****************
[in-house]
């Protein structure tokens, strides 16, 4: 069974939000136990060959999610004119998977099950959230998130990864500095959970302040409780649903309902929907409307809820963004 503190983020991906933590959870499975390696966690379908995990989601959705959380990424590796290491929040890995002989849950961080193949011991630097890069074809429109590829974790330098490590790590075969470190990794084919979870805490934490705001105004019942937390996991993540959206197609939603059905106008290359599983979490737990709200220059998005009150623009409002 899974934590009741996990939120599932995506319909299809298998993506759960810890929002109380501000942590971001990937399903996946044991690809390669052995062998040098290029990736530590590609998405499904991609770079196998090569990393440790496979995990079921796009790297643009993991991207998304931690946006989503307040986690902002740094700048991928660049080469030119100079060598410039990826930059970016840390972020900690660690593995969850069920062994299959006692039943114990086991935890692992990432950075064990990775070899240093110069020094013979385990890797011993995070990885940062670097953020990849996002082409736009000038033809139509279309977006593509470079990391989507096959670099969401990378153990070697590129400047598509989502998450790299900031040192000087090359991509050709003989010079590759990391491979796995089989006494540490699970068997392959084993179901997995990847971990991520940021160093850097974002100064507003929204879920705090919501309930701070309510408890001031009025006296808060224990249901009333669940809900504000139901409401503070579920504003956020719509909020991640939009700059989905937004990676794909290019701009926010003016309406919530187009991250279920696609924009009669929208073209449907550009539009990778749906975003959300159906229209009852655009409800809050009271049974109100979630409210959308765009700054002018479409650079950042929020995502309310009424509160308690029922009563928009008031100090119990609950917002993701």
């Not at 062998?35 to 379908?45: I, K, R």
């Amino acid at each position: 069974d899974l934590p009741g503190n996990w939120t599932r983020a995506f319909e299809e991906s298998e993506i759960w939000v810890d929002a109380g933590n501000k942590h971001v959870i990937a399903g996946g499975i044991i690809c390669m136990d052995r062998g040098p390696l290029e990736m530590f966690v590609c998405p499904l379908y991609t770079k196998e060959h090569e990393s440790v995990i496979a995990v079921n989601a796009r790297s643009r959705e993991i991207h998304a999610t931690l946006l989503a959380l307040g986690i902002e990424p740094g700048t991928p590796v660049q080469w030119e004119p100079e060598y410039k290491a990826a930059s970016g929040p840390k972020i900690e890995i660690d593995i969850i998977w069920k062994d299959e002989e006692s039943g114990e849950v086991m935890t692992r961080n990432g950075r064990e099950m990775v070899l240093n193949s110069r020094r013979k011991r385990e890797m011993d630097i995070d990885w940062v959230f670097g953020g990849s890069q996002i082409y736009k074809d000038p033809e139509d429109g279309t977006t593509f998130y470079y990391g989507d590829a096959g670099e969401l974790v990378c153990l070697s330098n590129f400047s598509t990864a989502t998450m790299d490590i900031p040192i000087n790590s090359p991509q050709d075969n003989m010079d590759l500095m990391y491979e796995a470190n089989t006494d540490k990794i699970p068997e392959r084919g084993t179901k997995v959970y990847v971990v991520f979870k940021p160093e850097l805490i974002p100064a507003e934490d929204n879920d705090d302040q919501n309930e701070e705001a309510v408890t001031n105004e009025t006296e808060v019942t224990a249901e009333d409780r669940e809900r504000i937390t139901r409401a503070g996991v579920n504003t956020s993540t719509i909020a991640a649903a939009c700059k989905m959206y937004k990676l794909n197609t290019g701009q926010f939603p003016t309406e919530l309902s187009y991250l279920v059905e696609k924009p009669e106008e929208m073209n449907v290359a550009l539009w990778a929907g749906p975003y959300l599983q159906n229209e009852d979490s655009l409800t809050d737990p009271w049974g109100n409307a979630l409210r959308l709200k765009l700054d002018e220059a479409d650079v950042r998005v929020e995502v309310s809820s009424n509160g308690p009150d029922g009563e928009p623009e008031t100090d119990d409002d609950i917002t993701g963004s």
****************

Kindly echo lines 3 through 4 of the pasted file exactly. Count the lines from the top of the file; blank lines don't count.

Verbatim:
């Not at 062998?35 to 379908?45: I, K, R």
């Amino acid at each position: 069974d899974l934590p009741g503190n996990w939120t599932r983020a995506f319909e299809e991906s298998e993506i759960w939000v810890d929002a109380g933590n501000k942590h971001v959870i990937a399903g996946g499975i044991i690809c390669m136990d052995r062998g040098p390696l290029e990736m530590f966690v590609c998405p499904l379908y991609t770079k196998e060959h090569e990393s440790v995990i496979a995990v079921n989601a796009r790297s643009r959705e993991i991207h998304a999610t931690l946006l989503a959380l307040g986690i902002e990424p740094g700048t991928p590796v660049q080469w030119e004119p100079e060598y410039k290491a990826a930059s970016g929040p840390k972020i900690e890995i660690d593995i969850i998977w069920k062994d299959e002989e006692s039943g114990e849950v086991m935890t692992r961080n990432g950075r064990e099950m990775v070899l240093n193949s110069r020094r013979k011991r385990e890797m011993d630097i995070d990885w940062v959230f670097g953020g990849s890069q996002i082409y736009k074809d000038p033809e139509d429109g279309t977006t593509f998130y470079y990391g989507d590829a096959g670099e969401l974790v990378c153990l070697s330098n590129f400047s598509t990864a989502t998450m790299d490590i900031p040192i000087n790590s090359p991509q050709d075969n003989m010079d590759l500095m990391y491979e796995a470190n089989t006494d540490k990794i699970p068997e392959r084919g084993t179901k997995v959970y990847v971990v991520f979870k940021p160093e850097l805490i974002p100064a507003e934490d929204n879920d705090d302040q919501n309930e701070e705001a309510v408890t001031n105004e009025t006296e808060v019942t224990a249901e009333d409780r669940e809900r504000i937390t139901r409401a503070g996991v579920n504003t956020s993540t719509i909020a991640a649903a939009c700059k989905m959206y937004k990676l794909n197609t290019g701009q926010f939603p003016t309406e919530l309902s187009y991250l279920v059905e696609k924009p009669e106008e929208m073209n449907v290359a550009l539009w990778a929907g749906p975003y959300l599983q159906n229209e009852d979490s655009l409800t809050d737990p009271w049974g109100n409307a979630l409210r959308l709200k765009l700054d002018e220059a479409d650079v950042r998005v929020e995502v309310s809820s009424n509160g308690p009150d029922g009563e928009p623009e008031t100090d119990d409002d609950i917002t993701g963004s």